IY: Yes indeed. Even if it's just so you can call the electrician, you still need that phone!

FK: Exactly. Failing that, you might have to use a mobile phone.

IY: It's not like we don't have any of those!

FK: That's right!

IY: Now what about retro-fitting? What if I got a lovely network and I didn't get any PoE? What do I do?

FK: Well you still have the option of injecting power into the cables.

There are devices which are called mid-span PoE devices. So you can add PoE at a later point in time. But it's not really an ideal solution. Most vendors these days including ProCurve network are integrating PoE into the switch port. It avoids having a cabling mess at your data centre.

IY: Right. Now if I've already bought some ProCurve and I forgot to get that, is that an option I can bolt in as well?

FK: You can. You can actually bolt in mid-span PoE into any switch port with a 100 megabit or gigabit. But if you do the sums, you'll probably find that you may actually be better off buying a new switch with integrated PoE.

IY: Okay. Send those old ones without it to somewhere that doesn't need power.

FK: Yeah, exactly. You've got to be careful as well, because depending on how old those mid-span PoE devices are, they may actually support pre-standard PoE power. So these days you want it to be an IEEE 802.3AS compliant device.

IY: Right. Okay. So that's pretty standard. Everyone does that now?

FK: Absolutely. Everyone does that now.

IY: Okay. So no risk there, as long as you look for that sticker.

FK: Exactly.

IY: Okay. Well thanks for bringing us up to speed with power over Ethernet. If you've not been using it, you should look at it. I mean, if some people have seen it, but they don't know what it means. But it just means you don't have to put 240 volt plug [warts] out there on those devices.

FK: That's right. It's the first time we've actually got a universal standard for power.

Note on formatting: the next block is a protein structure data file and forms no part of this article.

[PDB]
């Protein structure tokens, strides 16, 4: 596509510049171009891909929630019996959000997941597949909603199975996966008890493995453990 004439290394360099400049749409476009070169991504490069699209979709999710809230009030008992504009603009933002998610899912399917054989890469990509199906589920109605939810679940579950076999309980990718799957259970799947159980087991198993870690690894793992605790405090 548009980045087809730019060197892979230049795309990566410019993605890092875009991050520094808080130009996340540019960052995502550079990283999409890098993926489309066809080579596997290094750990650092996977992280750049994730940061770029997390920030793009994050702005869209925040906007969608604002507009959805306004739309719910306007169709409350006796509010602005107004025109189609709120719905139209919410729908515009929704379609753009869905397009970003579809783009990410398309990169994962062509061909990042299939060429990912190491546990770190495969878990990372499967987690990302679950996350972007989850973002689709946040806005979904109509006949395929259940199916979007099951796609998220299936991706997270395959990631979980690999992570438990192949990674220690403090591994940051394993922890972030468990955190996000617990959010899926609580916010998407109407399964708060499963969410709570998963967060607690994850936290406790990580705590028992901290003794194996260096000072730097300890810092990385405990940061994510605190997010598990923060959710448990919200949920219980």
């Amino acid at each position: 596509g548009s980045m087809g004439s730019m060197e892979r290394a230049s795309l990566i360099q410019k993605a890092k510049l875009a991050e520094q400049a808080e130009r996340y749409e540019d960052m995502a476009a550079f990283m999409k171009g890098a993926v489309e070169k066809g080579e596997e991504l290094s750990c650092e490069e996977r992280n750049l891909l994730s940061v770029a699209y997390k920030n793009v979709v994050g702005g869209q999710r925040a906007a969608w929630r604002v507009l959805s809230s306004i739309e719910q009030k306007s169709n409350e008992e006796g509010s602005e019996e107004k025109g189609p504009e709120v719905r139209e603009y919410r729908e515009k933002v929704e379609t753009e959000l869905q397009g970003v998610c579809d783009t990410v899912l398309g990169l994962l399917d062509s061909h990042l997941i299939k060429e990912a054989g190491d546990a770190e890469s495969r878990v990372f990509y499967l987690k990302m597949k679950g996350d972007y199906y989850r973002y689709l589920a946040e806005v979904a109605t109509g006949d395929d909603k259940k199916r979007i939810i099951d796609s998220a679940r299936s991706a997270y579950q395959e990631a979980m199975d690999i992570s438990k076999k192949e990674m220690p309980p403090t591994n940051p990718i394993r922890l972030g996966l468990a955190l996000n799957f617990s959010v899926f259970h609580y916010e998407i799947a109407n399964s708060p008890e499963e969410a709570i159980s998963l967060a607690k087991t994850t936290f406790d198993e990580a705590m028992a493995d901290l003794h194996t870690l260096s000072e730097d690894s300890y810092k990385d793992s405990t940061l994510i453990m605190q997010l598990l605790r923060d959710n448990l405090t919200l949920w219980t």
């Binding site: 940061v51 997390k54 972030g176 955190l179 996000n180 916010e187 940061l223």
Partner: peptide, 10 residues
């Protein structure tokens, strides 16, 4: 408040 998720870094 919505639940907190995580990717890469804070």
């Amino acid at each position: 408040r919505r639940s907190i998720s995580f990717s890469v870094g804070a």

IY: Yeah. Wouldn't it be so good if all the other gadgets that use wall warts can all use the same one? Why can't they all just have a 12 volt supply?

FK: Who knows down the track what happens with the evolution of PoE? Let's see what the future holds.

IY: Well maybe perhaps, perhaps, perhaps, if we wait long enough, the consumer gear that you get in your home, your little home routers, might be able to do it, to power up these gadgets like IP phones for home.

FK: Definitely seems to be a possibility.

IY: Yes. I know these wall-warts are a major user of power. As people say, even when things are turned off, they sit there, drawing power. Everyone wants to be a bit greener these days.

FK: That's right. A lot of companies in the enterprise are actually considering this as far as their green IT path is concerned. So the use of PoE is quite important to them.

IY: Of course it's much more efficient to generate it centrally on that switch instead of having lots and lots of little gadgets.

FK: You can actually control the delivery of power through a centralised point on your network. So a network administrator could pick and choose which devices he can enable or disable power to.

IY: Alright. All things to think about and things to look forward to. They're already existing. Make sure your next switch has that option I would suggest.

FK: Absolutely. Definitely look into it.

This interview comes from A Series of Tubes, ITradio.com.au's weekly networking podcast. You can find the podcast, plus the Risky Business security podcast, in our live content directory.


Read more on Data centre networking